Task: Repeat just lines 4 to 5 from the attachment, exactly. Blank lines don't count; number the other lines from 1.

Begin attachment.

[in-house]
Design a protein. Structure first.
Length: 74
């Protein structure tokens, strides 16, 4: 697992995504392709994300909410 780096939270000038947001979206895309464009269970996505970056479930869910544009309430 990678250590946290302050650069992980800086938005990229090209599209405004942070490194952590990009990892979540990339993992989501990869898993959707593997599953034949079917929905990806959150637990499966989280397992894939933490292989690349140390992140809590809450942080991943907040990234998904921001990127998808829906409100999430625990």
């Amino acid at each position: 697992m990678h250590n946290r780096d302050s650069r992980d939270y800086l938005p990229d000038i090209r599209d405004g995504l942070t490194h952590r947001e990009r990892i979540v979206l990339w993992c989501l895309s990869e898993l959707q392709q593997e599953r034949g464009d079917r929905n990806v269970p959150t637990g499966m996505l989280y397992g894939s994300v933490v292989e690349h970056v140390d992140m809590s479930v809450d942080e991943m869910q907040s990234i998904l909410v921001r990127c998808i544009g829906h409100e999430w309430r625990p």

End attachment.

């Protein structure tokens, strides 16, 4: 697992995504392709994300909410 780096939270000038947001979206895309464009269970996505970056479930869910544009309430 990678250590946290302050650069992980800086938005990229090209599209405004942070490194952590990009990892979540990339993992989501990869898993959707593997599953034949079917929905990806959150637990499966989280397992894939933490292989690349140390992140809590809450942080991943907040990234998904921001990127998808829906409100999430625990």
């Amino acid at each position: 697992m990678h250590n946290r780096d302050s650069r992980d939270y800086l938005p990229d000038i090209r599209d405004g995504l942070t490194h952590r947001e990009r990892i979540v979206l990339w993992c989501l895309s990869e898993l959707q392709q593997e599953r034949g464009d079917r929905n990806v269970p959150t637990g499966m996505l989280y397992g894939s994300v933490v292989e690349h970056v140390d992140m809590s479930v809450d942080e991943m869910q907040s990234i998904l909410v921001r990127c998808i544009g829906h409100e999430w309430r625990p």